Postponed for a year due to the global coronavirus pandemic, the Tokyo 2020 Summer Games finally launched on Friday, 23 July 2021. After 18-months of lockdowns, desperately trying to contain COVID’s insidious spread, the world finally developed effective vaccines. Sadly, though, 4-million lost their lives, while over 193-million contracted the virus. And Tokyo’s case count was on the rise.

But thanks to science and nearly 2-years of experience, organizers understood that it was entirely possible to responsibly stage the Summer Games without creating a super-spreader event. No fans allowed. Tickets revoked. All international visitors barred from the country – unless competing or working.

From the athlete, to the volunteer, to the Japanese announcer and English announcer — everyone involved with the Games exercised the procedures and protocols painstakingly learned through 18-months of uncertainty and despair. Quarantines. Life in bubbles. Regular hand-hygiene. Masks. Limited long-term indoor exposure to others. And of course, social distancing. But above all else: Most of the Tokyo 2020 team was vaccinated.

Come hell or high water, the Summer Games would go on.

Naomi Osaka ignites the Tokyo 2020 Olympic Cauldron

On a more positive note, one of the most distinguished honors in all of sport is to light the Olympic cauldron. Any American over 40 remembers the emotional moment in 1996 when Muhammed Ali courageously climbed the steps to light the flame in Atlanta. His body ravaged by Parkinson’s disease. That singular moment creates indelible memories.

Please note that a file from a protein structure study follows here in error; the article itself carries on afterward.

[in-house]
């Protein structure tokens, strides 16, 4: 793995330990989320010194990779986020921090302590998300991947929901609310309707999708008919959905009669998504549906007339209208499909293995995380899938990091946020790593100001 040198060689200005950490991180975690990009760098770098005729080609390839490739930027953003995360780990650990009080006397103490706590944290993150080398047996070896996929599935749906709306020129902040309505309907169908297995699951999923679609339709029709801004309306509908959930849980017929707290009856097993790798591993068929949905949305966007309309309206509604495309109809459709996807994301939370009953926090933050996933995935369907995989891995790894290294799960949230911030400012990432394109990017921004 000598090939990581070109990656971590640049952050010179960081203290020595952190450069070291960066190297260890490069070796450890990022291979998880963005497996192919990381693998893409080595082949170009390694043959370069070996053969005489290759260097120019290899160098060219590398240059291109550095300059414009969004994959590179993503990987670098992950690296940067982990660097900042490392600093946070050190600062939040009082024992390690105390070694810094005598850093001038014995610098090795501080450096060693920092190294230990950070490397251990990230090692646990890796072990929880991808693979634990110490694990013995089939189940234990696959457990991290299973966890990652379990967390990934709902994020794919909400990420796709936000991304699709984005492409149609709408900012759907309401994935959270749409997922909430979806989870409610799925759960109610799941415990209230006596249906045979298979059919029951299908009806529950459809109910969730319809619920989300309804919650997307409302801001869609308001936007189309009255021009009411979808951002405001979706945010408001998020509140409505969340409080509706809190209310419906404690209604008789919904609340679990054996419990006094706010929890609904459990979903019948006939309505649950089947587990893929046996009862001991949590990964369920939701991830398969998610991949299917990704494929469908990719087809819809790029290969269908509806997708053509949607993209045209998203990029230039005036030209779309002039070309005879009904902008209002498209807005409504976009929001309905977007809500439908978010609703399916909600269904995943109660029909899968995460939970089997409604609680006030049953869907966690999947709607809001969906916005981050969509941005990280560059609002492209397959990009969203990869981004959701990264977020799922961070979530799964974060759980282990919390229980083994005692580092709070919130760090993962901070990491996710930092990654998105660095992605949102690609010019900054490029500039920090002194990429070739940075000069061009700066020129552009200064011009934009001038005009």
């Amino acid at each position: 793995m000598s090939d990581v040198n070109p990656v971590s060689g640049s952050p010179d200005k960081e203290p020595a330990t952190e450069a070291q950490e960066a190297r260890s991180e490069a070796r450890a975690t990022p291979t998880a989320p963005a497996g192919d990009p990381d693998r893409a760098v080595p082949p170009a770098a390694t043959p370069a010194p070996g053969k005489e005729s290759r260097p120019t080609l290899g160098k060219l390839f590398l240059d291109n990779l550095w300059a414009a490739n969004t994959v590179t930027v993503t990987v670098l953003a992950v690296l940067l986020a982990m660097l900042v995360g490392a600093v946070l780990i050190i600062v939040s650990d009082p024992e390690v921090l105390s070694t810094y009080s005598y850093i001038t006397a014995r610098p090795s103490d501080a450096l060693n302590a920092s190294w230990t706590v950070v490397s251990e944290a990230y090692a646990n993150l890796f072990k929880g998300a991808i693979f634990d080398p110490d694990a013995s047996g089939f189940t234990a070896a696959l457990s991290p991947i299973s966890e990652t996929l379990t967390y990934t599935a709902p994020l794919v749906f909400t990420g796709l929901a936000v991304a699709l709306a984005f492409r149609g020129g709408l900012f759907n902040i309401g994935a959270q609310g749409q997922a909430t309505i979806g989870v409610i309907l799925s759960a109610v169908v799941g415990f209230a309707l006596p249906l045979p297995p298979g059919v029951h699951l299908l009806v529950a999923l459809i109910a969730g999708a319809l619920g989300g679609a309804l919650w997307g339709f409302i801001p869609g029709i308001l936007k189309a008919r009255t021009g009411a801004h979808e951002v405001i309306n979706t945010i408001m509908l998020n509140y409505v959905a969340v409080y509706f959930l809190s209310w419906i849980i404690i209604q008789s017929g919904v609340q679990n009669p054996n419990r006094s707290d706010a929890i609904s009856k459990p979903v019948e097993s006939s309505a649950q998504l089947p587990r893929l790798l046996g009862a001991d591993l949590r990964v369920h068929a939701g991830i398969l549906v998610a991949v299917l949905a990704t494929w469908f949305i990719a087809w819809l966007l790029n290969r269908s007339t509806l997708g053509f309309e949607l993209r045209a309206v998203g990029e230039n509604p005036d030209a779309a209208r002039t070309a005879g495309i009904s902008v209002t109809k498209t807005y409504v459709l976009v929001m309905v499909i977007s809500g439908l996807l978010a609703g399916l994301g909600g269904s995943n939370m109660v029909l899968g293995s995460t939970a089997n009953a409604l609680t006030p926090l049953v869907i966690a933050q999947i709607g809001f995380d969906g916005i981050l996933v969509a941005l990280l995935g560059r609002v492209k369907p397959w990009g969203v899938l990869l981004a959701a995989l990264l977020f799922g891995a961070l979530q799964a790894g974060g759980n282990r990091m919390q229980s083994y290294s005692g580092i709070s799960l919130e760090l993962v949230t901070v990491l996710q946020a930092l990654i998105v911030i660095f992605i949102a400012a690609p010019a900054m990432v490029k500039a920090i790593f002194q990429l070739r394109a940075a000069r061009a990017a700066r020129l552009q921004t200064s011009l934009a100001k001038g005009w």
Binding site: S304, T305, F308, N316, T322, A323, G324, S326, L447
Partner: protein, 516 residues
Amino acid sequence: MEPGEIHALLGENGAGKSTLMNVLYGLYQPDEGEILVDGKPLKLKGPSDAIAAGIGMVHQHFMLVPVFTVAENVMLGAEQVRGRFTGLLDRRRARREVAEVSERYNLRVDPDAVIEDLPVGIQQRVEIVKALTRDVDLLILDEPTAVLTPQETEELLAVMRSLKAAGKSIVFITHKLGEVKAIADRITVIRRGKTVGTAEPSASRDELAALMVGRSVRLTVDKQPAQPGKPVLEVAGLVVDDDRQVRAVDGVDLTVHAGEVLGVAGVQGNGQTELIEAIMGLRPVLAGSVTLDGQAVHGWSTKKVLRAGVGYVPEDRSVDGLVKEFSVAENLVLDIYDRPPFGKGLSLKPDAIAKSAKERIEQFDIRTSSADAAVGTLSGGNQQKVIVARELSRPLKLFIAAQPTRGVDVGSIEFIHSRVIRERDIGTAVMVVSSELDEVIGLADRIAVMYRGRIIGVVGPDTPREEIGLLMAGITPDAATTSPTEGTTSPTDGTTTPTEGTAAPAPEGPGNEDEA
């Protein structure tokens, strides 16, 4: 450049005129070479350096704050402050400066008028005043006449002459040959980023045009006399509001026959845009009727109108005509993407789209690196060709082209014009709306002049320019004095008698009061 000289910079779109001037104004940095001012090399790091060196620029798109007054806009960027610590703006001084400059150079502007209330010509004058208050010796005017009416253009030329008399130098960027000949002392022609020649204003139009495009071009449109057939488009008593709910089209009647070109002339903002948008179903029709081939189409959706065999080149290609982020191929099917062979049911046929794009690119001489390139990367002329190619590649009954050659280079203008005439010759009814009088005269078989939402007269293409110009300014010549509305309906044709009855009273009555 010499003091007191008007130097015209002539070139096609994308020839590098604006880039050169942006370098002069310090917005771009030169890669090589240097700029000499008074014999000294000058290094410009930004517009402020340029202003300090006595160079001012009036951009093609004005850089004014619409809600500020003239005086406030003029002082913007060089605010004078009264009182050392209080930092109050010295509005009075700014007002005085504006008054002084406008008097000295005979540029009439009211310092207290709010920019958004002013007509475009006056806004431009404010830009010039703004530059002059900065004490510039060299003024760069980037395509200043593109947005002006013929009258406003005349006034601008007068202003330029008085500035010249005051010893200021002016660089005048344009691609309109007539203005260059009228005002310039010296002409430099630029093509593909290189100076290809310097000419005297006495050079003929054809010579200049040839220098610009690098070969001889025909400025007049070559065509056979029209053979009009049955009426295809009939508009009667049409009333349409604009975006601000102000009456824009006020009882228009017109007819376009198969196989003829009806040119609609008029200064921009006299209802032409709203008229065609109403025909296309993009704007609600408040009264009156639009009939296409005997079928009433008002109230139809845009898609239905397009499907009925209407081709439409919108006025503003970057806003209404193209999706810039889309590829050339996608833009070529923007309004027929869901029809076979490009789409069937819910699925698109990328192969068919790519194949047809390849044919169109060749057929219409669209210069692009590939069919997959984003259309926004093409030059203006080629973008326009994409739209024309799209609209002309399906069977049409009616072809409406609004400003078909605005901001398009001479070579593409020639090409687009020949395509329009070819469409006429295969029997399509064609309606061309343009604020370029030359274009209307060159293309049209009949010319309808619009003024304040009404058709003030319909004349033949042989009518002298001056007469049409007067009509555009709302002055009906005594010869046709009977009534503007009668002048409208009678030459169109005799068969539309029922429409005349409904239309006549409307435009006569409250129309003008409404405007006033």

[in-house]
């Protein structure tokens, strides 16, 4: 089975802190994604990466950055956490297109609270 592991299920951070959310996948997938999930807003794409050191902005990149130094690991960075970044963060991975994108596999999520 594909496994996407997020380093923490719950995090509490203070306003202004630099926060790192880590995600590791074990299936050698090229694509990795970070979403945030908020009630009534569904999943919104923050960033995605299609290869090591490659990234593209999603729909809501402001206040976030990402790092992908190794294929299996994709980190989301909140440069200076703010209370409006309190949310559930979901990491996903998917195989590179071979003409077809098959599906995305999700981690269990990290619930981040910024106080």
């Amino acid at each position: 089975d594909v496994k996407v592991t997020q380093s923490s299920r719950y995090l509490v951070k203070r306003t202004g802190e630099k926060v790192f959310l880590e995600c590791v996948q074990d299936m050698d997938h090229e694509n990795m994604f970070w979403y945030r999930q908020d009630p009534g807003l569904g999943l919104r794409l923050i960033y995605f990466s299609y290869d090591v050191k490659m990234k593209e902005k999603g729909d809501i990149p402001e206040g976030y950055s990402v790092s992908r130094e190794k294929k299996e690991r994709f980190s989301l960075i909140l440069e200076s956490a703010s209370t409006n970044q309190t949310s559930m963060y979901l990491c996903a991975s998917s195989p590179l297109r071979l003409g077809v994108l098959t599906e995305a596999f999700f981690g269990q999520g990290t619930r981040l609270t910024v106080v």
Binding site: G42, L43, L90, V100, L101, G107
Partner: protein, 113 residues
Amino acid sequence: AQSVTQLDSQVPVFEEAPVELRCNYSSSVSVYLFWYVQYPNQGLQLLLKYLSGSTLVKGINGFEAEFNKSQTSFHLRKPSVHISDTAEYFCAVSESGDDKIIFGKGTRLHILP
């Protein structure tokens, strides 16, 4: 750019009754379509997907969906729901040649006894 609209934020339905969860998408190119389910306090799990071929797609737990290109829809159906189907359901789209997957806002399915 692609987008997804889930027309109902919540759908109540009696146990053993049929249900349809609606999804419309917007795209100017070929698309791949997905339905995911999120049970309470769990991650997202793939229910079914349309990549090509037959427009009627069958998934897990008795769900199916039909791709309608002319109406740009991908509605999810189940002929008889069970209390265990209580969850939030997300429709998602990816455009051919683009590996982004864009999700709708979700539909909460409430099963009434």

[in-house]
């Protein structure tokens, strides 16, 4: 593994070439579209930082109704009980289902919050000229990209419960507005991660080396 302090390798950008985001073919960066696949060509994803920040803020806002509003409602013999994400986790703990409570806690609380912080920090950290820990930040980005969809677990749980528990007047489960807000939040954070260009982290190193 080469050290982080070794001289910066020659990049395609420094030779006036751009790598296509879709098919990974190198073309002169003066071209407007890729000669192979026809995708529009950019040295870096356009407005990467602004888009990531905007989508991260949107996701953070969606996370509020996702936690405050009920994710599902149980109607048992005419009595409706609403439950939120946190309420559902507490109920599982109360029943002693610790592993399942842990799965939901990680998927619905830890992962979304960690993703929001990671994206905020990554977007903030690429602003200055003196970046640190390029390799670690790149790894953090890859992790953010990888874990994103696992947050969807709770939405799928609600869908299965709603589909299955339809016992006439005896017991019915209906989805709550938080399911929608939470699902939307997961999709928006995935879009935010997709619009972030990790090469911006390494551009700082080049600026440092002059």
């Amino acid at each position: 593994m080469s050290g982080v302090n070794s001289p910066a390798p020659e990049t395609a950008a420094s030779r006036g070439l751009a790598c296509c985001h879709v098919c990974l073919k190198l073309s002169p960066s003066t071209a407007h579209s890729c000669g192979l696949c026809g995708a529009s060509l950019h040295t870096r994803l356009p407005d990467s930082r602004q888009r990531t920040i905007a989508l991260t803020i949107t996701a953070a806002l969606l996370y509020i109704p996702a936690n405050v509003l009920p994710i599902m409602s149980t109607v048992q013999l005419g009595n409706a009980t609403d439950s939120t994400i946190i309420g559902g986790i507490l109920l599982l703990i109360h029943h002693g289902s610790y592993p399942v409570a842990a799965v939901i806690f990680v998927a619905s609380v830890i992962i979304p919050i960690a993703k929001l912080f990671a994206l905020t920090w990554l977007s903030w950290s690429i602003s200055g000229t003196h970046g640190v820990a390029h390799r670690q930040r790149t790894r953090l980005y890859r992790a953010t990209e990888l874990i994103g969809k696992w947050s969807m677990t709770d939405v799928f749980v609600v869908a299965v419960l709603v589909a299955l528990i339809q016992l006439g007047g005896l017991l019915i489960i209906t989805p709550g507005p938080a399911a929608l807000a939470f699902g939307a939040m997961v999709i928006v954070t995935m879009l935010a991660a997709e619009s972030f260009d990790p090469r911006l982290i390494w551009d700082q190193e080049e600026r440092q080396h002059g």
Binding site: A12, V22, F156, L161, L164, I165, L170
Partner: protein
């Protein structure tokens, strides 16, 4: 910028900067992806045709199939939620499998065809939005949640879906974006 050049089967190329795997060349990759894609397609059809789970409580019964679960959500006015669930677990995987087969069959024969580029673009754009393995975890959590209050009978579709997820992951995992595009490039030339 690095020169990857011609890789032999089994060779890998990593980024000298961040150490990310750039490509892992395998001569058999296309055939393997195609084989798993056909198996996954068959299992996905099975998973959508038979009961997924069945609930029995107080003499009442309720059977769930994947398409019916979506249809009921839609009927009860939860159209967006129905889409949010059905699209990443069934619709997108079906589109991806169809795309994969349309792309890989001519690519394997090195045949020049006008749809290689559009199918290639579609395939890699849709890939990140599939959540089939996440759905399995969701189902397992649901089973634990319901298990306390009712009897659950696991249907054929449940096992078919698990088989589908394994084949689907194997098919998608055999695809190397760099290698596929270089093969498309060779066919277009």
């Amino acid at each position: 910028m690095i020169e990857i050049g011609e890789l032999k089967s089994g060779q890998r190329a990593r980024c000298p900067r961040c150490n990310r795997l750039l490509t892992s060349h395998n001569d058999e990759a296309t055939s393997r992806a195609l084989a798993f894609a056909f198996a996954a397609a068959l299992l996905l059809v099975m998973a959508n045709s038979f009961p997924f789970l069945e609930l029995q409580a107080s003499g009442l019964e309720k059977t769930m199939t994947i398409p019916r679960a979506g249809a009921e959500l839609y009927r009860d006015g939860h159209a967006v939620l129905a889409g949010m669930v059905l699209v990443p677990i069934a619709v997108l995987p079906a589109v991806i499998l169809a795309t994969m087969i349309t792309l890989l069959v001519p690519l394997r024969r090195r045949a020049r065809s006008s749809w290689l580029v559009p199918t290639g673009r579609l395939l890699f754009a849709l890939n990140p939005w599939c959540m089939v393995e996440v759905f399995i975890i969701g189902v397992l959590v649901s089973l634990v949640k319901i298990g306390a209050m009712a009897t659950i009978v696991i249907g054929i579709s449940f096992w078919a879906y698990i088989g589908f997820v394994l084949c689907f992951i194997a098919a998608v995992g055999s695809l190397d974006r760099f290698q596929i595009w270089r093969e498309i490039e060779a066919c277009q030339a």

This year, the Japanese Olympic Committee secretly bestowed the honor to 23-year-old Naomi Osaka. Originally scheduled to play the first match on Center Court Saturday morning, it was unusual on Friday to hear that her match had been moved to Sunday. Nothing further was said.

Then, at the conclusion of a subdued, yet deeply respectful opening ceremony and parade of nations – it was Naomi Osaka who climbed the steps and torched the flame that brightly burned over the Games of the 32nd Olympiad. Obviously, it was a humbling honor not lost on the 4-time Grand Slam Champion, who was making her Olympic debut.

Well represented during the parade of nations, tennis players Petra Kvitova (CZE), Jelena Ostapenko (LAT), and Veronica Cepede Royg (PAR) all served as flag-bearers.

Tennis at the Summer Games

One of the premier sports featured during the Games’ initial revival, tennis still has a contentious history with the Summer Games. It fell off the radar after 1924, mainly due to conflicts between the International Lawn Tennis Federation and the IOC. The two major obstacles:

  • Allowing professionals to compete in a global showcase for amature athletics.
  • Scheduling. With the Summer Games so close to the conclusion of the Wimbledon Championships, the ILTF and the IOC were in direct competition for tournament participation by the sport’s top-athletes.

After a 60 year absence, tennis and the IOC worked out their differences, and the sport returned as an official event during the 1988 Summer Games in Seoul. Now under the guidance of the International Tennis Federation, professionals proudly represent their home nations.